“What’s Next” was part two of a workshop series aimed at helping faculty and staff to transform the campus from discussing diversity to focusing on full inclusion. Simply stated, this shift is a move from “counting heads” to “making heads count.” In part one of this discussion, facilitators and participants took part in a dialogue to lay the necessary groundwork for part two. A meaningful discussion on the different contexts that shape the way terms such as “underrepresentation,” “diversity,” and “inclusivity” are understood by participants was an important part of the first conversation. Prior to attending the session, each attendee was asked to complete an Implicit Association Test (IAT), to learn about how implicit bias can directly impact a person’s vocabulary and affect how someone understands inclusive language.

The second part of this workshop taught participants practical strategies to create a more inclusive campus climate. The conversation was split into three separate sections. Section one provided statistical data about underrepresented populations on TCU’s campus. Section two focused on a discussion of individual and institutional strategies to create a more inclusive environment at TCU. The final section of this conversation featured a role playing game called Situation Action Results.

In order to shift from focusing on diversity to discussing full inclusion, it is important to be able to contextualize data concerning representation at TCU. For instance, according to the TCU Office of Institutional Research, the university student population is forty percent male students (4,192) and fifty-nine percent female students (6, 202). Based on this information, TCU is slightly above average for gender diversity as compared to other universities. However, TCU ranks below average for racial and ethnic diversity. Over seventy percent of students on campus identify as white (7,372). Black or African Americans students compose around five percent (517), and Hispanic/ Latino’s compose another twelve percent (1,258) of TCU’s student body population. Both the numbers and the percentage are important to understand when comparing TCU’s ethnic diversity to other universities. For example, TCU has the same percent of racial/ ethnic diversity for African Americans as the University of Texas at Austin (4%). A key difference between the two universities is how the four percent of the African American functions as a part of the overall student body population. There is a substantial difference between four percent of the University of Texas at Austin’s student population of 40,000 and four percent of TCU’s population of only 10,000 students. Thus, the four percent of African Americans at a school like TCU can feel more marginalized because they see fewer people who look like them on campus. Understanding the demographic breakdown of different levels of diversity at the university can make it easier to implement strategies to create a more inclusive campus climate.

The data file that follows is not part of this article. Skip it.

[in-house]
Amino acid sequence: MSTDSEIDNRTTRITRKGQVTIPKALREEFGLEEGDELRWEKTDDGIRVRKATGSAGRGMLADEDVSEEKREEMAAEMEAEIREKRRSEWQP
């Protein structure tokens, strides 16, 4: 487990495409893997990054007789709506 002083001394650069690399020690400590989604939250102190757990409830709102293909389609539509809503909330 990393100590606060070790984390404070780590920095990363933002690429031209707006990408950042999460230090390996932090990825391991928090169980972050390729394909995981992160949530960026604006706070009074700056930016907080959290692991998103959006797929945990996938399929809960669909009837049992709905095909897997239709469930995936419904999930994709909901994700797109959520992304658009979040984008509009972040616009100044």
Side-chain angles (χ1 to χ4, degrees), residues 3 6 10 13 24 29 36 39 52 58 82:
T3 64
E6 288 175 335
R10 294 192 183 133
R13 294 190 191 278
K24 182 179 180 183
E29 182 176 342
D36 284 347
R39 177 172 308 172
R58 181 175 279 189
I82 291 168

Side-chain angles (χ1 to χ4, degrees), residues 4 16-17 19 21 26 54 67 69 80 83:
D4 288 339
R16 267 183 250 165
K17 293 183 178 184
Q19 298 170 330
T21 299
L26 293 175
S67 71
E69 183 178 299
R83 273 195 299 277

There are both institutional and individual strategies that can be used to create a university-wide move towards full inclusion. Selective targeting is one institutional strategy that can be used to facilitate this transformation. In this case, selective targeting means more intentional outreach towards demographic populations that are below average at TCU when compared to other universities. This includes more effective targeting for transfer students, low-income students, and racial and ethnic minorities. Another institutional strategy is to create education partnerships between the university and high schools. The College of Education and other departments and programs of interest can help to develop college-readiness curriculums for area high schools. At the individual level, faculty and staff can work to empower the diverse groups that are already on campus. One of the key ways to empower students is to validate their experiences. Validation on a college campus occurs when a faculty or staff member within an institution takes an active interest in students and takes the initiative to reach out and support them. These actions make the student to feel capable of learning and valued at the institution. Validation is also a way that faculty and staff can be actively inclusive.

The final portion of this conversation gave participants the opportunity to practice what they learned about inclusive strategies and TCU demographics through a role playing game called Situation Action Results. Each participant was given a hypothetical scenario in which s/he had to think about how s/he would empower a student. At the conclusion of this workshop each participant was able to identify strategies to engage with the diverse populations across the university.


Quantitative Measures of Students’ Sense of Validation: Advancing the Study of Diverse Learning Environments

Texas Christian University Data Overview

Texas Christian University 2016 Fact Book: Student Data

White Privilege: Unpacking the Invisible Backpack

White Privilege and Male Privilege: A Personal Account of Coming to See Correspondences through Work in Women’s Studies

Jessica Hazard

Richard ThomasThis article was written by Jessica Hazard, Assistant Athletics Director for Student Athlete Development and Rich Thomas, Athletic Academic Service Center Tutor and Doctoral Candidate, for the Spring 2018 Issue of Insights Magazine.